They spoke a lot about good questioning skills, candidates that could ask the right questions, listen to the answers and were able to process the information. I believe the raw skill here is in being inquisitive. Some people are naturally inquisitive – they naturally know how to ask the right questions, but many people simply aren’t sure what they should be asking. I believe simply by being honestly interested in the opportunity it’s possible to demonstrate these skills in an interview, whether it comes naturally to you or not, which brings us back to the preparation necessary for an interview.
Very early in my career, when I used to prepare for interviews I’d rack by brain trying to think of a question to ask at the end. I would think I don’t want to ask anything obvious because they will think I should know that already. Preparing for an interview you should not be thinking “What will make me look good” or I’ll learn the website inside out – that will show my enthusiasm”. You should be asking yourself questions that you really care about. The fact is that you may actually get a job at this company… If you get this job it will make a difference on the rest of your career and life. Hopefully you will be looking to stay with this company for at least a few years, you may even want to stay with them for the rest of your career. If you get the job it will occupy most of your time, these people will become your friends. When you start thinking about the opportunity in this way the preparation becomes far more focused around “what do you want to know” instead of “what could you tell them to show you’ve prepared”. If you really think about it you should already have an honest interest in them and the questions will be obvious. These are good starting points.
- What will I be doing Monday to Friday? What is a typical day?
- What are they really like to work for?
- What is the industry like? Who are their competitors and what makes this company better than them?
- What is progression like in the company – What will I be doing in 3 months, 6 months, 2 years or 5 years? What have previous grads gone on to do?
- What is the team like? Is it a big team? Are they young/old? Social? Will I fit in?
A lot of the answers to your questions you will find on the internet from reading their website, industry news, google, blogs from other members that have worked at the company etc. but you should be left with a long list of questions that you can ask at the interview. Interviews will be a lot easier as they become more of a fact-finding meeting.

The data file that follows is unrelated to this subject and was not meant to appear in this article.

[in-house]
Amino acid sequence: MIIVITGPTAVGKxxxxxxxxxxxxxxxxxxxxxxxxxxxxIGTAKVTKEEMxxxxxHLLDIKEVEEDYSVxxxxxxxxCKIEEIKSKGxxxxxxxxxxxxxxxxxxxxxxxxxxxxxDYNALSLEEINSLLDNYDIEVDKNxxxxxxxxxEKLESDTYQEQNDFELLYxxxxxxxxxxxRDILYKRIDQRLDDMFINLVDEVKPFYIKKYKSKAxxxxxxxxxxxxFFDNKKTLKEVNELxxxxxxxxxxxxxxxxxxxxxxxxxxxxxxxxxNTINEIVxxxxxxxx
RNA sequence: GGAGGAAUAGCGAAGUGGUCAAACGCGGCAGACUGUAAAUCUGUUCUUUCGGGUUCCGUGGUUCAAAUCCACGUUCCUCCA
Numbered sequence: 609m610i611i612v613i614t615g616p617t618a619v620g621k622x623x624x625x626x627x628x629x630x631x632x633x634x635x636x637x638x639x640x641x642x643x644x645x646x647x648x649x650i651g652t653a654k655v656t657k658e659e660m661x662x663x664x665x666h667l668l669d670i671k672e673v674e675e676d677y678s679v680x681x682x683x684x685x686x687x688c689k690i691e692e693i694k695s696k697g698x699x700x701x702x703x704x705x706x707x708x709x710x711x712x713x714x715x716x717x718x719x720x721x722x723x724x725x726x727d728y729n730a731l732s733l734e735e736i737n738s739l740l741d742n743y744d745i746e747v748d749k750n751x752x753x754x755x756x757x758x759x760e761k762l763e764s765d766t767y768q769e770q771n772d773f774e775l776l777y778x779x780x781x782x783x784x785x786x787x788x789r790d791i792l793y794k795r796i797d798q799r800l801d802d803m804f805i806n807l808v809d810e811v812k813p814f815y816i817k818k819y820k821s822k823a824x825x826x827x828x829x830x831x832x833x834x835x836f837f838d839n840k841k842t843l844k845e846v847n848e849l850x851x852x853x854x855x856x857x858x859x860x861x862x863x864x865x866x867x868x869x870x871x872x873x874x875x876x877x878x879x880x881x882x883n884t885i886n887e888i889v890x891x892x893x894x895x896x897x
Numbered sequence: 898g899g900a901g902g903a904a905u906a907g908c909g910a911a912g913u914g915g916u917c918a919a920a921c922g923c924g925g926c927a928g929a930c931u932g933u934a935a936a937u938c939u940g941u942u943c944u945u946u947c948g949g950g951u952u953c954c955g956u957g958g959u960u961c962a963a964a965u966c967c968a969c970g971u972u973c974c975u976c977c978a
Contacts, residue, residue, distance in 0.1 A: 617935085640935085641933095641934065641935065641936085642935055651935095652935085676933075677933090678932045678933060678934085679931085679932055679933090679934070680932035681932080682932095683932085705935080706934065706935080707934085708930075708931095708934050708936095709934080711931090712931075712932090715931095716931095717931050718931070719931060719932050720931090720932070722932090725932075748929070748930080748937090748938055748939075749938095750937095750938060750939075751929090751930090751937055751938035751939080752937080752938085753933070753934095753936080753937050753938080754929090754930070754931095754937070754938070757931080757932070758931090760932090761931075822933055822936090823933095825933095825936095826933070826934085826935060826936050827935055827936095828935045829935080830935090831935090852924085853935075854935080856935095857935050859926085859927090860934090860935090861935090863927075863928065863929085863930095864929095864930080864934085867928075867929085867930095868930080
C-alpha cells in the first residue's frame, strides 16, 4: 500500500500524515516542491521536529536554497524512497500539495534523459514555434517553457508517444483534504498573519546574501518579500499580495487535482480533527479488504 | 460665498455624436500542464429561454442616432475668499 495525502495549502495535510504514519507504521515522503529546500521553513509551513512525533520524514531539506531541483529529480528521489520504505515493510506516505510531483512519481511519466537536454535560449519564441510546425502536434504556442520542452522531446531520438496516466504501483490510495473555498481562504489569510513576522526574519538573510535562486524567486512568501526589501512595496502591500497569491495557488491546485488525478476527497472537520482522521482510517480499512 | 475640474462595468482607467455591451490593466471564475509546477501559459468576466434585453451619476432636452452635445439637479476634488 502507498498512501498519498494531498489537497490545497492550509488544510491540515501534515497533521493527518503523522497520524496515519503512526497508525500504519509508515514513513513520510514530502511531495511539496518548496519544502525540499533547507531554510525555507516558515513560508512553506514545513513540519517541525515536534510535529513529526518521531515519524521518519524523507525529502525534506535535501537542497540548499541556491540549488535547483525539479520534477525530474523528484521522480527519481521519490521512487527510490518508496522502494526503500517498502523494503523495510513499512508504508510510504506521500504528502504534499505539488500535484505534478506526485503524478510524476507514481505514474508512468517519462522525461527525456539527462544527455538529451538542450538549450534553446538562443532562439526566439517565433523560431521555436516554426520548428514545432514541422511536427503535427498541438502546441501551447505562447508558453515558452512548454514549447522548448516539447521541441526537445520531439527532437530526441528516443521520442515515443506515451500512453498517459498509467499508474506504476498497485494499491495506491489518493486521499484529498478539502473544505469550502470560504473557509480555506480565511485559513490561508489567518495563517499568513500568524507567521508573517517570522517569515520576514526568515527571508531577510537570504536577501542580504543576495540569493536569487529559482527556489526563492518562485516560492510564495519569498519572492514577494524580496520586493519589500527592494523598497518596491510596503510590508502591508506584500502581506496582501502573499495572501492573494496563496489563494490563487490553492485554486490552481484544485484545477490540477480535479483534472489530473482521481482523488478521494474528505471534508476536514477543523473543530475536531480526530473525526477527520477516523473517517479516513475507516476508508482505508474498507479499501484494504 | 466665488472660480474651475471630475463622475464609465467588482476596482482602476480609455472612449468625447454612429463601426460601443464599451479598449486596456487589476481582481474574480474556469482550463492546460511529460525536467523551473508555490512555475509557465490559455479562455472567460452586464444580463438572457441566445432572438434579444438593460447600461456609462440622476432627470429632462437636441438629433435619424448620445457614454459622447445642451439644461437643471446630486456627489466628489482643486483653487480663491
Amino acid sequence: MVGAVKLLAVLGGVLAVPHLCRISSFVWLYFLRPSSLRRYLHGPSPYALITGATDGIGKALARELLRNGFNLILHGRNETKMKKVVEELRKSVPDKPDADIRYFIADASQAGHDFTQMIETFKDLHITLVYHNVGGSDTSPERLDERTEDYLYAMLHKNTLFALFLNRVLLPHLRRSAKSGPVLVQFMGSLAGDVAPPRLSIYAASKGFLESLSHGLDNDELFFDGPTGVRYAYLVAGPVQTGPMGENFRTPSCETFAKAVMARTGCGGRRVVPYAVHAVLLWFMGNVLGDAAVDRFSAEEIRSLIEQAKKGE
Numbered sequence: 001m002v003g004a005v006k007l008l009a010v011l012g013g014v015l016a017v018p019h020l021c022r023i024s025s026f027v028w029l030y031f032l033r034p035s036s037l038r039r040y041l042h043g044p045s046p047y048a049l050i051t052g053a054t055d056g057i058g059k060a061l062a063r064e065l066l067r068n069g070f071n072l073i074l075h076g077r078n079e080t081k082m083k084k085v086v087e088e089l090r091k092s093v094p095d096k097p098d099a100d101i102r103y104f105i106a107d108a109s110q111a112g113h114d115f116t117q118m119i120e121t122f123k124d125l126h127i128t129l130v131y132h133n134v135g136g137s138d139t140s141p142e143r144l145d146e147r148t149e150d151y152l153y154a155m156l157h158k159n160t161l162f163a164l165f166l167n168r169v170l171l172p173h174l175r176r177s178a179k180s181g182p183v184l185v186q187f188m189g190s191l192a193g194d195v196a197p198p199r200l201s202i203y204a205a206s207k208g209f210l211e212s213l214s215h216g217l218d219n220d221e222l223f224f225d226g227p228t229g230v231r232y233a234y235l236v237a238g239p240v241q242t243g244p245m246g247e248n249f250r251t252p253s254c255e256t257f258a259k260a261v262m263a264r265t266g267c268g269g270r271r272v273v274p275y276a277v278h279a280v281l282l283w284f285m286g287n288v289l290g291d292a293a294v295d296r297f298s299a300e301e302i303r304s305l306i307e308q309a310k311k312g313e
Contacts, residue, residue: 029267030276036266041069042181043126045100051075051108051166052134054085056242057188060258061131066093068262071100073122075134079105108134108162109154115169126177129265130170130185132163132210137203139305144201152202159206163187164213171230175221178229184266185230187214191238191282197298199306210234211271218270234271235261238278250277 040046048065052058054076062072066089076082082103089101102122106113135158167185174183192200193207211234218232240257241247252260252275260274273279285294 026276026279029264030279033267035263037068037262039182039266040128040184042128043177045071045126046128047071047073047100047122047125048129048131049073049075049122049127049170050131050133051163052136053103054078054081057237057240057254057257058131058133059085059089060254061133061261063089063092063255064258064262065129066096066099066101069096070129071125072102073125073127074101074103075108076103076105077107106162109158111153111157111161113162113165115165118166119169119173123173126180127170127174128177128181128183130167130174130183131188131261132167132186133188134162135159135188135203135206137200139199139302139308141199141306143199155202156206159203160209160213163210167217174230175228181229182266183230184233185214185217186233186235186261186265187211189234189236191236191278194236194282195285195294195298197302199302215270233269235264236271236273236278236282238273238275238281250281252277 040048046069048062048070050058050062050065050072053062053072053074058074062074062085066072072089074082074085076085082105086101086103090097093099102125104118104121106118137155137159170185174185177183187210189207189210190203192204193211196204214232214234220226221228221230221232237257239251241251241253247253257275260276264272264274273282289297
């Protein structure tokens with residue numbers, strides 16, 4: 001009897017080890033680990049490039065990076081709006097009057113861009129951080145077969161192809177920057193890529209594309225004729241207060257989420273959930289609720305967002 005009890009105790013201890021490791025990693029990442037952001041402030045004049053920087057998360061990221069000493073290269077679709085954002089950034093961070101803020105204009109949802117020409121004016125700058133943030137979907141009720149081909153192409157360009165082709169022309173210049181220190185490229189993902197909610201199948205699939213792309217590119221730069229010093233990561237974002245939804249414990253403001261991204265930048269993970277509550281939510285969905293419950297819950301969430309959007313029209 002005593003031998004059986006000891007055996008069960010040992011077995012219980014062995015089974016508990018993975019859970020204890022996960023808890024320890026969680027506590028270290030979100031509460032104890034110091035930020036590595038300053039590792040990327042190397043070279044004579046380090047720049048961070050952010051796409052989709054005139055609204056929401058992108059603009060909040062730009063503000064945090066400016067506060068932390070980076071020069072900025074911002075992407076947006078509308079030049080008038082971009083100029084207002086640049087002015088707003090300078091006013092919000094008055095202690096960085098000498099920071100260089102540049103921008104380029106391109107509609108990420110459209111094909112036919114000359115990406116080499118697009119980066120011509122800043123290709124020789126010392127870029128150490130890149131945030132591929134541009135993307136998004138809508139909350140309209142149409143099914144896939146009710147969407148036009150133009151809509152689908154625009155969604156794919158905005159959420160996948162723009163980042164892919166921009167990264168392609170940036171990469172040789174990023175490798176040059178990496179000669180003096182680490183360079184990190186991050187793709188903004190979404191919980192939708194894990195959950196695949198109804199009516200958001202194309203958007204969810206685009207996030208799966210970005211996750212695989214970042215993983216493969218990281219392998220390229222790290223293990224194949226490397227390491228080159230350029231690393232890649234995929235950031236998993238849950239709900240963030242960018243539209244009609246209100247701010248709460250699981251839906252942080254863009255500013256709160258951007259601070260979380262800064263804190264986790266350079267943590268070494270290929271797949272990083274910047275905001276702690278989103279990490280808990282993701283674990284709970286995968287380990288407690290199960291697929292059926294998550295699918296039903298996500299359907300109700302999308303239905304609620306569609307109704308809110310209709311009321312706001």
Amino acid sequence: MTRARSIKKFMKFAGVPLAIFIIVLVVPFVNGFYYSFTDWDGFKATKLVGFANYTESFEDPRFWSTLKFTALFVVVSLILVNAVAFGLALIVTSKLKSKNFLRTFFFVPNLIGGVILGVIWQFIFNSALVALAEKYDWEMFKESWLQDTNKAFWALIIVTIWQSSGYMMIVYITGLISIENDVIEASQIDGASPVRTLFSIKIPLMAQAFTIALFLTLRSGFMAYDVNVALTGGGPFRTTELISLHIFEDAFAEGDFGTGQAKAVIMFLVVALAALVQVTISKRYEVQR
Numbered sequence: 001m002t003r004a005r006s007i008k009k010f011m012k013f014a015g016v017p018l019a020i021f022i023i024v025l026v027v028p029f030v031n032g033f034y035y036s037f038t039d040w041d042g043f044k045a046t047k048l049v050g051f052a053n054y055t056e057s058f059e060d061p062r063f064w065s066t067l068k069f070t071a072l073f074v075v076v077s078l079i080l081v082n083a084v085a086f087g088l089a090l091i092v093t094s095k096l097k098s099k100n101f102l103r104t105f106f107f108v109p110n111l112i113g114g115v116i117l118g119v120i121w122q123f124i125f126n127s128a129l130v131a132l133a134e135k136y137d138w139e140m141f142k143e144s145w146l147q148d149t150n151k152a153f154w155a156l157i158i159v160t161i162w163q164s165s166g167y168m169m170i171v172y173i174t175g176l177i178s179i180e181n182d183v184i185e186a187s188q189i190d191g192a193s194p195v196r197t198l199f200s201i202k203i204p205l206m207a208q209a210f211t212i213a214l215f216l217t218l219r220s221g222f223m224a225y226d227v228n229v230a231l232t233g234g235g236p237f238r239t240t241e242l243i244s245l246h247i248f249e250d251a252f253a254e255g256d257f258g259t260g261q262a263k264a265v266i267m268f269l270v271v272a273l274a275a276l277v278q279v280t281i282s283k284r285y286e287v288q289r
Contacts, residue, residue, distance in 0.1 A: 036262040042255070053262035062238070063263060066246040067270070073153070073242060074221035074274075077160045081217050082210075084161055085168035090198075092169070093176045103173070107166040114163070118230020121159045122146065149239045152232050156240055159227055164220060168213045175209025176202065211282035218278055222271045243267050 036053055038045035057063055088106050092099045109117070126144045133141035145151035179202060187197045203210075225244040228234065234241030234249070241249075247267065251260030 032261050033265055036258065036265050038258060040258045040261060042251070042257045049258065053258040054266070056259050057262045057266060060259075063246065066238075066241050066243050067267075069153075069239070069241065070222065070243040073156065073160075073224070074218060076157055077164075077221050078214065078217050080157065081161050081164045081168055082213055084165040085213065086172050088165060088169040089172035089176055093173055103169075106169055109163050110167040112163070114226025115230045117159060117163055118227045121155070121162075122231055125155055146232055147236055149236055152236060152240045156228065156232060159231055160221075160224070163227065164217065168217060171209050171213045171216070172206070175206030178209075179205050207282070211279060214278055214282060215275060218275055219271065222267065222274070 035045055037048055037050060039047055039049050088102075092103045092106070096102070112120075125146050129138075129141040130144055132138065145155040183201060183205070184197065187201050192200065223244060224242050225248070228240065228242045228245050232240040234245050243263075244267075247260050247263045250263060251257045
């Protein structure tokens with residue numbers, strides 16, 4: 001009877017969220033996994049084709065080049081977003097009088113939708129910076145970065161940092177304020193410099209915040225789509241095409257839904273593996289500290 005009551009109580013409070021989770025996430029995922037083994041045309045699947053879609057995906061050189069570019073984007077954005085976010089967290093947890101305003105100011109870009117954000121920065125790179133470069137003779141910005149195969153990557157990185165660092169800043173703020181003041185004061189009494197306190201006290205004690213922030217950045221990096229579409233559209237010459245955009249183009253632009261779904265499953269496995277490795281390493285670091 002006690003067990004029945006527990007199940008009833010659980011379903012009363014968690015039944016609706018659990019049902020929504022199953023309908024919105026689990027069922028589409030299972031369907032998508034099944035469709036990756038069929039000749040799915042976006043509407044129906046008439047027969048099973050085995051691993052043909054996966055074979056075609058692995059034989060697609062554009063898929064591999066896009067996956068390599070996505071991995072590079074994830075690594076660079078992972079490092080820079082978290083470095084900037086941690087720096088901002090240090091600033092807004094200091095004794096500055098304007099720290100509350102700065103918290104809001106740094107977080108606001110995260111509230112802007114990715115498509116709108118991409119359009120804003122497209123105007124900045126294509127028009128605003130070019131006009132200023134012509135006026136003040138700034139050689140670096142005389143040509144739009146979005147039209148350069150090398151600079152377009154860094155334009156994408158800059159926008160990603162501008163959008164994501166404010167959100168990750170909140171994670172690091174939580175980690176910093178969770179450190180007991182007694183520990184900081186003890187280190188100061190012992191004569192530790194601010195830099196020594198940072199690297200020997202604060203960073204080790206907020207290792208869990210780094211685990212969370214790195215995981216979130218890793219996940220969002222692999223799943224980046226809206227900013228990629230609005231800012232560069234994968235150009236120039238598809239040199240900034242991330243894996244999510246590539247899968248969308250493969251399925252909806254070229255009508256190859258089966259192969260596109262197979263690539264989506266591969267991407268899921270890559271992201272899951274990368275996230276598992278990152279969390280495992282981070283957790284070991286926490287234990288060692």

The strategy is to start developing an ‘honest’ interest in your career. Don’t think “I just want to get a job”, think “I want to get the right job for me”. Remember interviews are a two-way exercise and it is important to treat them as such. When you get further through the process to the 2nd, 3rd and 4th round interviews, a lot of your initial questions will have been answered but this is an opportunity to meet and question even more people within the organization to get an even better feel for what the company will be like to work for.
- How did they get into the organization? As a Grad or with experience?
- How quickly have they progressed through the ranks?
- What is their personal perspective on where the company is going over the next 2-5 years?
- What are they looking for in their next recruit?
If you use this strategy properly, not only will it enable you to make the right choice in your career but it also carries many other benefits.
- It will ensure you come across as bright because of your ability to ask the right questions and be interested in the answers.
- It will ensure you come across as enthusiastic because of the effort you have already put into finding out about the company.
- It will help with interview nerves as you should be excited about going in to an interview to find more out about the job instead of trying as hard as possible about making a good impression.
- It will help build rapport with everyone you interview with as it will enable them to speak about themselves and their company – effectively selling it back to you…
I am keen to hear feedback from you. Perhaps you approach every interview like this already or perhaps you have a completely different strategy when it comes to preparation. I am not advocating that you do no other preparation than this, merely that you take an ‘honest’ interest in every opportunity and use that as a starting point.
Good luck to you all.
So what is the GDC, and what is it all about?
Learning new technologies, Career development, Recruitment advice, Networking….
The GDC or Graduate Development Community is a social network for degree students & recent graduates to come together in one place.
If you are not already aware, the London Technical Community is positively buzzing with a large number of users’ groups aimed at pretty much any technology you could be interested in, specialist or general. Users’ groups started in the early days of mainframe computers, as a way to share sometimes hard-won knowledge and useful software and have thrived ever since.
As an example I run a user group aimed at Java developers (it’s called the LJC, you can find out more at www.londonjavacommunity.co.uk) through this community we organise regular presentations for Java developers of all levels from Graduates to Senior Technical Architects and Development Managers to get free introductions to the latest technologies from key figures in the industry. The LJC acts as a platform to assist people in learning, networking & career development, feel free to read our members feedback: http://www.meetup.com/Londonjavacommunity/about/comments/?op=all
My background is in technical recruitment. I have many connections with UK based companies and have throughout my career spent a lot of time trying to understand the technical recruitment process and what companies are looking for from candidates of every level. Much of the feedback I have had when it comes to Graduates is that there is a gap between what is taught in Universities and what is used in Industry. I am hoping to use a combination of my industry connections and personal experience to help bridge that gap through anyway possible.
To become a member please visit our official Community site – http://www.meetup.com/Graduate-Undergraduate-Development-Community/
I look forward to meeting as many of you as possible.